• Kant's answer is that rationality consists in universality and consistency

  • it is embodied in his preliminary statement of his ultimate principle of morality, the Categorical Imperative:

Always act so that the motive behind your action could be turned into a universally binding law, without inconsistency

  • in other words, consider your reason for acting this way as opposed to some other, and ask yourself:

    • "Could I will that everyone else did the same in these circumstances?" if not, then my action has no moral worth, it should therefore not be done

  • this imperative to universality and consistency is Kant's answer to the question of how one may know whether their actions follow a rational standard for right conduct



E. The Categorical Imperative: 2nd Formulation

  • at the same time, Kant wants to protect individuals

  • the main goal of his ethics is to insure that human dignity is preserved at all times

  • ingeniously, he argues that the rationality found in right conduct is the same thing that gives us our dignity

    • the reason, says Kant, that humans have a dignity which deserves protection and respect is that, unlike inanimate objects and lower forms of life, humans possess the capacity to direct rationally our conduct-- we have rational autonomy

    • ordinary things have only one type of value: price, which is merely instrumental and replaceable

    • by contrast, humans have intrinsic value: dignity, which makes us inexpendable

  • accordingly, Kant offers another statement of his principle:

Always act so that you treat humanity as an end-in-itself and never as a mere means to an end

  • in other words, respect the rational autonomy in each person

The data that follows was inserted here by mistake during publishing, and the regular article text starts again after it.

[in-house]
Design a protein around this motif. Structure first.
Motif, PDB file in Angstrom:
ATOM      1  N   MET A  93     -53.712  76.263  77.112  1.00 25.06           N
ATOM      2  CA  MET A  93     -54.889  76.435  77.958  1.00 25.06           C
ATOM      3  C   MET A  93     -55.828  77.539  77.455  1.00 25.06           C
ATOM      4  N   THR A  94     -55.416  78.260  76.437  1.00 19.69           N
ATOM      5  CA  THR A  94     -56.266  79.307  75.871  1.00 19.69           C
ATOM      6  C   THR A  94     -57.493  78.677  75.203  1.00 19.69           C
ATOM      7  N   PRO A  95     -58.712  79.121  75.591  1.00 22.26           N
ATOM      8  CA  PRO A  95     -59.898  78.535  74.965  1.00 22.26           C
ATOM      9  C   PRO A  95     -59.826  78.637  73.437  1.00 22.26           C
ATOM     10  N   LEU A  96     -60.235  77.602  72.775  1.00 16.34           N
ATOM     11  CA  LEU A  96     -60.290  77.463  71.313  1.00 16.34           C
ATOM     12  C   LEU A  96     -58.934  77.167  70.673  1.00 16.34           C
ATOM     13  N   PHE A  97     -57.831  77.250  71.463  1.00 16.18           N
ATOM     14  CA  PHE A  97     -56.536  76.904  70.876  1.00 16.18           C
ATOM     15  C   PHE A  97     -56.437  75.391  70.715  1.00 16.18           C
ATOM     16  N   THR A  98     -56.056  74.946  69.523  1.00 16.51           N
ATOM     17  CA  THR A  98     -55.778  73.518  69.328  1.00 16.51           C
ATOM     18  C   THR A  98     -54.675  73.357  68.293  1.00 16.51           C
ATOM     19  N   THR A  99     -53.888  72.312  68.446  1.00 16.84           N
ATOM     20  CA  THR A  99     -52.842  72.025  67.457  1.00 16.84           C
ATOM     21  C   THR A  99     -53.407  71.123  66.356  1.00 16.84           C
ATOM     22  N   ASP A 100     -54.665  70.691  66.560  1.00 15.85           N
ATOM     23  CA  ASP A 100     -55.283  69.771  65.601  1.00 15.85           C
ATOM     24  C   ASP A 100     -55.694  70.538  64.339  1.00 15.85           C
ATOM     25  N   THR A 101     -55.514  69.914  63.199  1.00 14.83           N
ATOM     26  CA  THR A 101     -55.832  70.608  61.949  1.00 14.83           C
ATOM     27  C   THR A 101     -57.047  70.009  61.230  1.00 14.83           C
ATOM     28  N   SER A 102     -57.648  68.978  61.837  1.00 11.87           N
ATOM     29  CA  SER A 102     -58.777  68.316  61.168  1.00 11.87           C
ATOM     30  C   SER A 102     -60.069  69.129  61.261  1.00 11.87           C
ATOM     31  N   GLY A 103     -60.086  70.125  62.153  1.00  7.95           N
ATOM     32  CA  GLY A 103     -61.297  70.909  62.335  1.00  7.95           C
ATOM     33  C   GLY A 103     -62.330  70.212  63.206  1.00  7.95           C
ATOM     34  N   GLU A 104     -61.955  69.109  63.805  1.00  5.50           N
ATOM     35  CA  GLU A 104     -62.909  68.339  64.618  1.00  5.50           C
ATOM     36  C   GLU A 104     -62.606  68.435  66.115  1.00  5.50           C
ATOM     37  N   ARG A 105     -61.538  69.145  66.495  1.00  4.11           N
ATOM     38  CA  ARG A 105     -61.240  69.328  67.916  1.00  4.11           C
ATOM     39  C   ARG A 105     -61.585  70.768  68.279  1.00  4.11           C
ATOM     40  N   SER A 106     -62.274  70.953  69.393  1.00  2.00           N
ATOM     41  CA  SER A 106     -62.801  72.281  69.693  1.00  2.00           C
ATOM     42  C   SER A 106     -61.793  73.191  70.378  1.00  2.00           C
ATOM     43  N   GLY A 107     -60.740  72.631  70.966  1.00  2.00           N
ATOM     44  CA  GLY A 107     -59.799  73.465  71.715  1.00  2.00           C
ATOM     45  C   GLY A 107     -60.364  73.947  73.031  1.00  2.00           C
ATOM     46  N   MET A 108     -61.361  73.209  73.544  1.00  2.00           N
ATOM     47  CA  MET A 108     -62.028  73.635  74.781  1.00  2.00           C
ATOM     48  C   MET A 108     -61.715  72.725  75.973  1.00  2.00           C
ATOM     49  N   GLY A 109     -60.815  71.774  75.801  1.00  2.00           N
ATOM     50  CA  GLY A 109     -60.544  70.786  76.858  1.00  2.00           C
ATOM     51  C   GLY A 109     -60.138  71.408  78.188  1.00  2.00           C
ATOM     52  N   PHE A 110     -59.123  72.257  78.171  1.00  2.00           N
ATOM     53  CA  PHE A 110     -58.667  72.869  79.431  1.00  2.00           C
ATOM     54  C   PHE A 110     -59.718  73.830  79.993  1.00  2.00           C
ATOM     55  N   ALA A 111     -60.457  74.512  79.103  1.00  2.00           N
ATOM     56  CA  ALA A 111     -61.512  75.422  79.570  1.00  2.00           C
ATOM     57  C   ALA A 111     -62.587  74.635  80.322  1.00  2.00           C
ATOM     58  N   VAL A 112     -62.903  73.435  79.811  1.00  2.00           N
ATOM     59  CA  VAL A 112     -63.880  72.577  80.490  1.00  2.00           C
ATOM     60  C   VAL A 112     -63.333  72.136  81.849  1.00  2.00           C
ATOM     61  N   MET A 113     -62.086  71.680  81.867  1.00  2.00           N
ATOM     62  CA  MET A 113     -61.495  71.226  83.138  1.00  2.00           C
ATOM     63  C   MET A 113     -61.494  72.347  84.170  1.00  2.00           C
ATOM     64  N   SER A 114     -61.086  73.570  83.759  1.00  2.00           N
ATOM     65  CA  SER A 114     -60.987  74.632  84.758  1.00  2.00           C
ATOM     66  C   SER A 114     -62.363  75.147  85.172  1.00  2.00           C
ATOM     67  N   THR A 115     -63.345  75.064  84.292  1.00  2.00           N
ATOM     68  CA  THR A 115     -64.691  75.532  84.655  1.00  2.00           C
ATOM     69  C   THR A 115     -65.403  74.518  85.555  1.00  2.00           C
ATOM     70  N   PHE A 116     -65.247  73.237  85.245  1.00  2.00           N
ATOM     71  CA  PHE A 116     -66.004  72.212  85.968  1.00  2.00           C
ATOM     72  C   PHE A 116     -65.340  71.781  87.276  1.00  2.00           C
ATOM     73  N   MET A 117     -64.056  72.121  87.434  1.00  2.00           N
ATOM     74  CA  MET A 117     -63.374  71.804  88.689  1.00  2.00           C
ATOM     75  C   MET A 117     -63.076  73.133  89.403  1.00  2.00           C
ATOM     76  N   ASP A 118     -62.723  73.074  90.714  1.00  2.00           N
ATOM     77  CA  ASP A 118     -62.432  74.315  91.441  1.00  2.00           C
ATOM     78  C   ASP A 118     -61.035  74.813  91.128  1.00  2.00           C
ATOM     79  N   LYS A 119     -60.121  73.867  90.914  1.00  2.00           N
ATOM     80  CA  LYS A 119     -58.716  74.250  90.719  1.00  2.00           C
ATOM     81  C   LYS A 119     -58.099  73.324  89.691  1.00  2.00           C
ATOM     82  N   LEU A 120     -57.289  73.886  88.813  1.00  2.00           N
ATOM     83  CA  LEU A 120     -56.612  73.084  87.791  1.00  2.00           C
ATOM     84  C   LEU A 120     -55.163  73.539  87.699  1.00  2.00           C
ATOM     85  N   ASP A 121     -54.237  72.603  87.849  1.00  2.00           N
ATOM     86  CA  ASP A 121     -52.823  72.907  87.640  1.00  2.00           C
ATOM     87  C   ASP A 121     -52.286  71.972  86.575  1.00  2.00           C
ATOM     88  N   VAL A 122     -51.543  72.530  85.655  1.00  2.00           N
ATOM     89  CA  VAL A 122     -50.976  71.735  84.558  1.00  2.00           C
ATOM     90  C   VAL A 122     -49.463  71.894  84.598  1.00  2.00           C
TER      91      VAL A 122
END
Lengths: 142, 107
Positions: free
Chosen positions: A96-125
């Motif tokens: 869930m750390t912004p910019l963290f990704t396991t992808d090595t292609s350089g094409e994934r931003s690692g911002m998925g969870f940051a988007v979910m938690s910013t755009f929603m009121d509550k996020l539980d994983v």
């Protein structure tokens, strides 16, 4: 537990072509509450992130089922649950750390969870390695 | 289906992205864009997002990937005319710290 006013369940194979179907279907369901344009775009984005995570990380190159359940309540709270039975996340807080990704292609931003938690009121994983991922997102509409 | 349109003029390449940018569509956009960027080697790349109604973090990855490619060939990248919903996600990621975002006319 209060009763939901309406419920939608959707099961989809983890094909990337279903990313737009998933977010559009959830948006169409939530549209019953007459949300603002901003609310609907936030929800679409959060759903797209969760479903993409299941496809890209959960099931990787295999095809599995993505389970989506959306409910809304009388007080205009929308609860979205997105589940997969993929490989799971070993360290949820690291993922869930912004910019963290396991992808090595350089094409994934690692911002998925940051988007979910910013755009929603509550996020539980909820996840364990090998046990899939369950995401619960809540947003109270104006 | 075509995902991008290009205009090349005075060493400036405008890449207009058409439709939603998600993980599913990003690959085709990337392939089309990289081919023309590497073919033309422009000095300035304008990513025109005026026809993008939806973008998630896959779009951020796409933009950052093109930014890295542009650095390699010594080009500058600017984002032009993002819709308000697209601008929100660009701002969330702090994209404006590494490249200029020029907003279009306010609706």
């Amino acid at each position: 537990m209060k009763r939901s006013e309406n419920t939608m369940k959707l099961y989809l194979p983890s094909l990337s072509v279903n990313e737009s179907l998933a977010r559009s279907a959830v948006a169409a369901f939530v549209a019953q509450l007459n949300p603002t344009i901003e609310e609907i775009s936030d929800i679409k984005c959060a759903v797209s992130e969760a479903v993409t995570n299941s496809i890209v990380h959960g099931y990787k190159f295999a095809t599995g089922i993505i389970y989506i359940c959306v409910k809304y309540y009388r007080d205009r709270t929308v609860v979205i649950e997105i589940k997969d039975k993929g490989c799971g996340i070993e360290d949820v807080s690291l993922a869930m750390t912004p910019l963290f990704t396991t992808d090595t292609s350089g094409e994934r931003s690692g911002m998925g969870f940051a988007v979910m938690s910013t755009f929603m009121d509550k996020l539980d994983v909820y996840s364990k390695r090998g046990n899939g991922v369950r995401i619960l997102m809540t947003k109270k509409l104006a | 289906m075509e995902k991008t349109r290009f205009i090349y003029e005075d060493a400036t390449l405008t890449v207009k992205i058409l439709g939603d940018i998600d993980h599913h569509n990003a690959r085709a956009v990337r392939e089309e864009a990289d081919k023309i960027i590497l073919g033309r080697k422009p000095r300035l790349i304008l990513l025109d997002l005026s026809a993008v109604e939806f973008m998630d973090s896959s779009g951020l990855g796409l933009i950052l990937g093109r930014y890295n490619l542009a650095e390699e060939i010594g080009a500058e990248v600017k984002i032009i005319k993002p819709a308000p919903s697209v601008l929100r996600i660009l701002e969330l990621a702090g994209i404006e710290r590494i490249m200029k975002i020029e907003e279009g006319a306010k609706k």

II Interpretation

A. Comparison to Plato’s Crito
Kant’s discussion of duty is reminiscent of one of Socrates’ speech in Plato’s Crito.

  • In an imaginary dialogue with the Laws, the Laws ask Socrates why he is trying to destroy them

  • This similar to Kant’s comment that there’s something about duty that is categorical


B. Contrast to Aristotle’s Ethics


  • Kant claims that actions do not have moral worth, even if they have moral results, unless they are done from duty

  • If one does duty because of a “warm fuzzy” one gets from doing so, the act is not worthy of moral praise

  • Aristotle, on the other hand, claims that unless someone follows moral duty with pleasure, it not a truly moral act—this is exactly the opposite view from Kant!


III Criticism
Beyond the obvious criticism Aristotle would have, there are three major criticisms of deontology:


  • first, when it is said that duty is necessarily categorical, that one cannot allow exceptions, we find the possibility open for disastrous consequences of following a perfectly good rule

    • truth telling to Nazis looking for a Jewish relative in your home?

    • promise-keeping to enraged gun owner who want to use it to kill someone?

  • second, a related problem is that of conflicting duties: if all duties are to be held categorically, what if two duties pull you in opposite directions?

    • for Kant, there can't be a hierarchy of duties

  • third, is it really true that all consequences are morally irrelevant, or only certain kinds (e.g., personal ones)?